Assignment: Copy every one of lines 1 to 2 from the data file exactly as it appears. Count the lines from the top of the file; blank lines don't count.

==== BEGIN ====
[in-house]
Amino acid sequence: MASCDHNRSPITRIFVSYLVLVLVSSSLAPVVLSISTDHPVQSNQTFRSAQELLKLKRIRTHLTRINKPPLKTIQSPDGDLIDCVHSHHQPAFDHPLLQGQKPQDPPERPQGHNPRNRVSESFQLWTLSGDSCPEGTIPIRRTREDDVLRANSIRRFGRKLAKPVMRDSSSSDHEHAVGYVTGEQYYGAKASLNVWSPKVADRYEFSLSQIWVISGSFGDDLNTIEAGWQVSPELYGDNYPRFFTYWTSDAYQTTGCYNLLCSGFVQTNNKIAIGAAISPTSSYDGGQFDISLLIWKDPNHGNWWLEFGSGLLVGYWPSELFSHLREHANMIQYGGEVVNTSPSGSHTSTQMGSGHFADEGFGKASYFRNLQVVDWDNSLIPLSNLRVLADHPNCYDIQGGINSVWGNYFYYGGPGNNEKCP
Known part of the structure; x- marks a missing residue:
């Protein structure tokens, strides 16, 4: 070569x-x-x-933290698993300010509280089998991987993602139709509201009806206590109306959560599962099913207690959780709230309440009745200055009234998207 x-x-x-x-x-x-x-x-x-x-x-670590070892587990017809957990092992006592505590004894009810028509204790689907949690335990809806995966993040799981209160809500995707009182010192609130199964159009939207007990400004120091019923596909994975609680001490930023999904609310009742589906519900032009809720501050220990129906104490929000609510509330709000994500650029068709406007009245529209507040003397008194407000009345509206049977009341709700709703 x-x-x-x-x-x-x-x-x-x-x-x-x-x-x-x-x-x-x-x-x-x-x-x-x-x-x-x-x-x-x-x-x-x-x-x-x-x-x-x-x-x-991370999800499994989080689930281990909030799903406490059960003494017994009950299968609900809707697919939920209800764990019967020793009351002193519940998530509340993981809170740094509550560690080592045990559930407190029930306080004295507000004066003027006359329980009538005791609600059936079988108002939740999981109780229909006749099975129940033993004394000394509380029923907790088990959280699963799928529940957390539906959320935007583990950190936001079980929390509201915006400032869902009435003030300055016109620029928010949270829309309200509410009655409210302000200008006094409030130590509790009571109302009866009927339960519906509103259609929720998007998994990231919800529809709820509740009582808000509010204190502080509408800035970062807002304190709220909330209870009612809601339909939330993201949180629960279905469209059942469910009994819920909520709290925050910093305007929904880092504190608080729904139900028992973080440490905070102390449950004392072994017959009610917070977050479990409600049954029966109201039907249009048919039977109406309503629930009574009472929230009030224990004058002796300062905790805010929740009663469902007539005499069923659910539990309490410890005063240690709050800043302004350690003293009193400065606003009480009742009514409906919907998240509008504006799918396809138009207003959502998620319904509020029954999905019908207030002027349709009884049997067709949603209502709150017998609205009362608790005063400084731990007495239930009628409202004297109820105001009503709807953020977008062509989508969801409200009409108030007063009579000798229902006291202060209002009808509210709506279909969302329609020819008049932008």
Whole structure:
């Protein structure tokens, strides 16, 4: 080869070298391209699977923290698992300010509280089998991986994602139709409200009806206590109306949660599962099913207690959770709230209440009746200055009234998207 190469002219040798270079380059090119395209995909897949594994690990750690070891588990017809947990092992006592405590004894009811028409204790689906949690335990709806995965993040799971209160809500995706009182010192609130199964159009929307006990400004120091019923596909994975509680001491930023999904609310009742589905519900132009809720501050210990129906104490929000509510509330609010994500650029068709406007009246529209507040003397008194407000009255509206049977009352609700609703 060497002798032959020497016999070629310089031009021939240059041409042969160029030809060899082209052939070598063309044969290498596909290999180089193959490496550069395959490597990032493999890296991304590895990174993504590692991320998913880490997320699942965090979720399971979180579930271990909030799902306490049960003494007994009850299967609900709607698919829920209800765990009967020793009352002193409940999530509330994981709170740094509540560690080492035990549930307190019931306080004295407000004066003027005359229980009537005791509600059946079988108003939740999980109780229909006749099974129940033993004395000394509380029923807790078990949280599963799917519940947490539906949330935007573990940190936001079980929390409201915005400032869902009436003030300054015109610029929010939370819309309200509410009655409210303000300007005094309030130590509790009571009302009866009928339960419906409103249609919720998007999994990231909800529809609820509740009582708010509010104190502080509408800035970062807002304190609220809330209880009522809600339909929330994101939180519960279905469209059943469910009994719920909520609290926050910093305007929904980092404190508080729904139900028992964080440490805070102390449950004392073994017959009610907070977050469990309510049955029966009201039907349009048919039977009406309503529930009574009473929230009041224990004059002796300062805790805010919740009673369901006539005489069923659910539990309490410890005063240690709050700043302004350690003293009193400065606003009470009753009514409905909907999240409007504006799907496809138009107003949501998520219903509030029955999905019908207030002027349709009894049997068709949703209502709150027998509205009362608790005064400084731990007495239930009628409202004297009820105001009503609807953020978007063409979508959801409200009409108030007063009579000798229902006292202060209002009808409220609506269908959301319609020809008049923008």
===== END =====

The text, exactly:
[in-house]
Amino acid sequence: MASCDHNRSPITRIFVSYLVLVLVSSSLAPVVLSISTDHPVQSNQTFRSAQELLKLKRIRTHLTRINKPPLKTIQSPDGDLIDCVHSHHQPAFDHPLLQGQKPQDPPERPQGHNPRNRVSESFQLWTLSGDSCPEGTIPIRRTREDDVLRANSIRRFGRKLAKPVMRDSSSSDHEHAVGYVTGEQYYGAKASLNVWSPKVADRYEFSLSQIWVISGSFGDDLNTIEAGWQVSPELYGDNYPRFFTYWTSDAYQTTGCYNLLCSGFVQTNNKIAIGAAISPTSSYDGGQFDISLLIWKDPNHGNWWLEFGSGLLVGYWPSELFSHLREHANMIQYGGEVVNTSPSGSHTSTQMGSGHFADEGFGKASYFRNLQVVDWDNSLIPLSNLRVLADHPNCYDIQGGINSVWGNYFYYGGPGNNEKCP